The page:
Wednesday, January 17, 2018

The meaning of Mt Paektu

How North Korea taps into the symbolic voltage of a mysterious volcano

Has Kim Jong-un taken up winter mountaineering? Exactly a month ago, he was again bestriding the Korean peninsula’s highest peak. A local newspaper, the Rodong Sinmun, reported that "His eyes reflected the strong beams of the gifted great person seeing in the majestic spirit of Mount Paektu the appearance of a powerful socialist nation which dynamically advances full of vigour without vacillation at any raving dirty wind on the planet."

Kim Jong-un bestrides Mt Paektu in December 2017
It’s easy to mock the style of North Korean pronouncements. But this may run the risk of underestimating their effectiveness, warns B R Myers, a North Korea-watcher based at Dongseo University in Busan, South Korea. In his view, the regime’s “ideology has generally enjoyed the support of the North Korean people through good times and bad”, adding that about half of the refugees who make it over the border to China end up by voluntarily returning home.

Mt Paektu (the "white-headed peak") figures prominently in this propaganda. Visits to its snow-covered summit by the Supreme Leader often preface or follow important decisions, alleges a popular UK newspaper. Kim Jong-un last visited the peak in September 2016, right after the country’s fifth nuclear test. He was also there in April 2015, just before executing a former defense chief, and in November 2013, before executing his own uncle, among other top officials.

North Korean commemorative stamp showing
Kim Jong Il atop his native mountain
And this is to say nothing of the mountain’s ubiquity as a backdrop for the Kim dynasty in all manner of official productions, from postage stamps to oil paintings.

In his book, The cleanest race – how North Koreans see themselves and why it matters, B R Myers offers a convincing explanation for this prominence. Many see North Korea as a hardline Marxist-Leninist regime. Yet this is misleading, Myers says. For, when Kim Il-sung established his regime in the late 1940s, he chose not follow the model of his Soviet mentors but reached instead for Japan’s pre-war emperor cult, to which Korea had been intensively exposed during the country’s period as a colony.

Painting of (l to r) Mrs Kim, the infant Kim Jong-un and Kim Jong-Il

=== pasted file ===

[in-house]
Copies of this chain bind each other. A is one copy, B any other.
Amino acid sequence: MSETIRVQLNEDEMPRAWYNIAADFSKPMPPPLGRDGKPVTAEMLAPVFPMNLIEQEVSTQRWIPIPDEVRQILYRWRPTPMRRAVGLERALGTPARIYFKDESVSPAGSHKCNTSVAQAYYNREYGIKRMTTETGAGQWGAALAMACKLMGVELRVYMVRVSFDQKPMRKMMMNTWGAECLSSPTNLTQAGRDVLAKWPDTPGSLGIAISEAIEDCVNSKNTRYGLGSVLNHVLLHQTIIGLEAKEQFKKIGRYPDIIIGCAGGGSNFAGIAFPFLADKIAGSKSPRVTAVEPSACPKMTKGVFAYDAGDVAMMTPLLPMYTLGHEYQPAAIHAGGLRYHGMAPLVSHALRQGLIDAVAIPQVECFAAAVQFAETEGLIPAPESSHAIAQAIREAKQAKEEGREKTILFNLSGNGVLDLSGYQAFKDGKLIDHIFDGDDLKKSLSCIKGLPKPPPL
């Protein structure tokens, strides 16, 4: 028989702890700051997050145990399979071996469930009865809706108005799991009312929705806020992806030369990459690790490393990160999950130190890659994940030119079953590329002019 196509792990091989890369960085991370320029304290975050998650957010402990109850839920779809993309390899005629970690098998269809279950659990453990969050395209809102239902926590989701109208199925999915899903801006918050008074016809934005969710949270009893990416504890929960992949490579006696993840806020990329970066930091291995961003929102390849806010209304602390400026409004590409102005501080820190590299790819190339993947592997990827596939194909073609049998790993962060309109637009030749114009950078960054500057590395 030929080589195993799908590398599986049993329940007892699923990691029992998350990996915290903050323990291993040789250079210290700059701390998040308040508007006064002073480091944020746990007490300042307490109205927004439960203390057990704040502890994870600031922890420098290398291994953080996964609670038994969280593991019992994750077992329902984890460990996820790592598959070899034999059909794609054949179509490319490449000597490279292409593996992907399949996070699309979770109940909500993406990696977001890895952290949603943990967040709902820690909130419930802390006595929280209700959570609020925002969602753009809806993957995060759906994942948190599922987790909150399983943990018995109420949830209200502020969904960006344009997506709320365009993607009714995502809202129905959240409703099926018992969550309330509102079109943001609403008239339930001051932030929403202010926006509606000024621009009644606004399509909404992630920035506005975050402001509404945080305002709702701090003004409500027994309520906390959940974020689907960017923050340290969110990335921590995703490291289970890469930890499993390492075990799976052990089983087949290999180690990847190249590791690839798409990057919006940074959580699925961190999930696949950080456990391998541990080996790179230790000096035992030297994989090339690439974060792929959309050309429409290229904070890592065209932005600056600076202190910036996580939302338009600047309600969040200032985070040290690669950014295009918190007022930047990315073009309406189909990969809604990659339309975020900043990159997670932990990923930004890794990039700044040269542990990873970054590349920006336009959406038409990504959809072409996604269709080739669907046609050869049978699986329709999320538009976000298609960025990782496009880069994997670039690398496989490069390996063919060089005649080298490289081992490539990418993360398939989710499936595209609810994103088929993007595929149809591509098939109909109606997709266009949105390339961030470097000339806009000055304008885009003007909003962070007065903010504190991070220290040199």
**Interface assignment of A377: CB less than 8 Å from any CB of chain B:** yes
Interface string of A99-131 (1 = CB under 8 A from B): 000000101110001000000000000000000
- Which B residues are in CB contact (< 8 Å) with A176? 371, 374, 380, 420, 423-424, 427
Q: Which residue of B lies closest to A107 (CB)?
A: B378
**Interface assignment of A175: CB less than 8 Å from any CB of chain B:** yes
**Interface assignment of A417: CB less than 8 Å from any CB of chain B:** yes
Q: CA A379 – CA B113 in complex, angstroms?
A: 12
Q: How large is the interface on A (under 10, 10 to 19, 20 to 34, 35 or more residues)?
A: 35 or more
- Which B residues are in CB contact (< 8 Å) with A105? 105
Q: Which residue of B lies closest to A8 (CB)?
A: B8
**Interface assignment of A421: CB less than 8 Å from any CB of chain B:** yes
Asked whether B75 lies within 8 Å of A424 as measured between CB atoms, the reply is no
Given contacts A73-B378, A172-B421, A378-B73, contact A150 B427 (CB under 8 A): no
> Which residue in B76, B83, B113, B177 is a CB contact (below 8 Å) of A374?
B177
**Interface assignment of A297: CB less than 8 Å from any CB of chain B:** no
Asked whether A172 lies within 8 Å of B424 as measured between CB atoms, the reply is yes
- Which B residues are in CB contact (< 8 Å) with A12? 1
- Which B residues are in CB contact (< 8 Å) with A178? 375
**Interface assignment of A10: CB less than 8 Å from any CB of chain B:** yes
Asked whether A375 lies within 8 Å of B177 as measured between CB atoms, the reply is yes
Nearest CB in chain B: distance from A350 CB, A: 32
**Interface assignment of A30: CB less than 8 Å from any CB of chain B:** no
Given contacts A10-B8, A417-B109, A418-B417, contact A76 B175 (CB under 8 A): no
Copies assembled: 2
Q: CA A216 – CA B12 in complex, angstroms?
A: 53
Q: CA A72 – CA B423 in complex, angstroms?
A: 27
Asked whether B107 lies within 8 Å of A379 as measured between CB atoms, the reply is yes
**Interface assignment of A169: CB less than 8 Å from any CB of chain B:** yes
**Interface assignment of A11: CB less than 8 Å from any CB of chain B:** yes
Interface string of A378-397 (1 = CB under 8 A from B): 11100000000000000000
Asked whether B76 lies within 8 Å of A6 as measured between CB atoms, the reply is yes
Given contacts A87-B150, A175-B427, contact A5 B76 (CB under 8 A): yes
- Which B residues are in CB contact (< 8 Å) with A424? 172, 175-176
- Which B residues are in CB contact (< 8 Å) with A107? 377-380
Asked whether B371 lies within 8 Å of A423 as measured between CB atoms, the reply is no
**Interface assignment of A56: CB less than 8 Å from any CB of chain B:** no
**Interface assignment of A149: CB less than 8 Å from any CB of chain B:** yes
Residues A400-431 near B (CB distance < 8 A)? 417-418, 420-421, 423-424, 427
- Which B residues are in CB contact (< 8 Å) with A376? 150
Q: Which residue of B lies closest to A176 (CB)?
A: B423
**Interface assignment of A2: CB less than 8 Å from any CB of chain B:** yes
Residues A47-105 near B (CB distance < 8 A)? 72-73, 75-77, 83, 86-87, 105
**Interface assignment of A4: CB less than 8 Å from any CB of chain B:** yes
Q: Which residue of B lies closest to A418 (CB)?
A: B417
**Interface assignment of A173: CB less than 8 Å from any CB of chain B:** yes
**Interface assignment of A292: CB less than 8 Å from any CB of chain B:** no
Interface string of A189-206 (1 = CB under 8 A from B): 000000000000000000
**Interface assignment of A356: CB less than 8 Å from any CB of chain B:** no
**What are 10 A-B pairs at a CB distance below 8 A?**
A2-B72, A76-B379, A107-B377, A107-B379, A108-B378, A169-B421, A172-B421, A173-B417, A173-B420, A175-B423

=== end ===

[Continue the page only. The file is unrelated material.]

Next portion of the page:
This thesis explains a lot. It makes clear why members of the Kim dynasty are often depicted riding on a white horse – typically in a mountainous setting – an imperial motif that can be traced back as far as Napoleon. As for Mt Paektu, it simply replaced Mt Fuji as a symbol of national prowess. This, in turn, explains why official sources so assiduously insist on Mt Paektu as the birthplace of Kim Jong-il, the present Supreme Leader's progenitor.

In doing so, they tap into a legend that a mythical founder of the Korean nation descended on the peak thousands of years ago. In effect, “Kim Il-sung turned his whole family into a divine entity. He knew theocracies last longer than any type of regime,” says Song Bong-sun, a historian at Korea University in South Korea, as quoted in the Taipei Times.

Even the snow in our header picture fits this narrative, as a symbol of the cultural and ideological purity that North Korea preserves from corruption by the foreign-dominated south. So the answer to our opening question – has Kim Jong-un taken up mountaineering – is clearly “no”. Rather, he’s revealed himself as a master of misapplied meizanology – the art and science of divining a mountain’s meaning. And, in Kim's case, of exploiting it too.

The majestic spirit of Mt Paektu ("White head peak")
Photo: Wikipedia
Of course, Mt Paektu is no Mt Fuji. Sited on the remote northern border, it never figured as centrally in Korea's classical literature and art as Mt Fuji did in Japan’s. And at 2,744 metres, it tops out a full kilometre below its Japanese counterpart – although its altitude is curiously similar to that of another "white mountain", Hakusan (2,702 metres), one of Japan’s three most sacred peaks.

A crater lake from central casting (Landsat image)
Even so, Mt Paektu does have a "majestic spirit", to borrow the Rodong Sinmun's wordsIt has mystery – nobody is quite sure how a volcano managed to grow so far from an obvious plate boundary – and it has a magnificent crater lake, on a scale that hints at the incalculable menace lurking beneath. But suggestions that a gigantic eruption might be triggered by nearby bomb tests – thus hoisting the regime with its own petard – are probably wishful thinking.

In the end, you almost have to applaud how adeptly the three Kims have co-opted their top mountain into shoring up their legitimacy. At the same time, one wonders how long it will take their regime’s arch-antagonist – himself no slouch at self-aggrandisement – to take a leaf out of their meizanological playbook. Or, on second thoughts, perhaps it really is better not to go there.


B R Myers, The cleanest race - How North Koreans see themselves – and why it matters, Melville House, 2010.

Banyan column, "Peak patriotism", The Economist, December 16, 2017

"Only a rumbling volcano could make North Korea and the West play nice", New York Times, December 9, 2016

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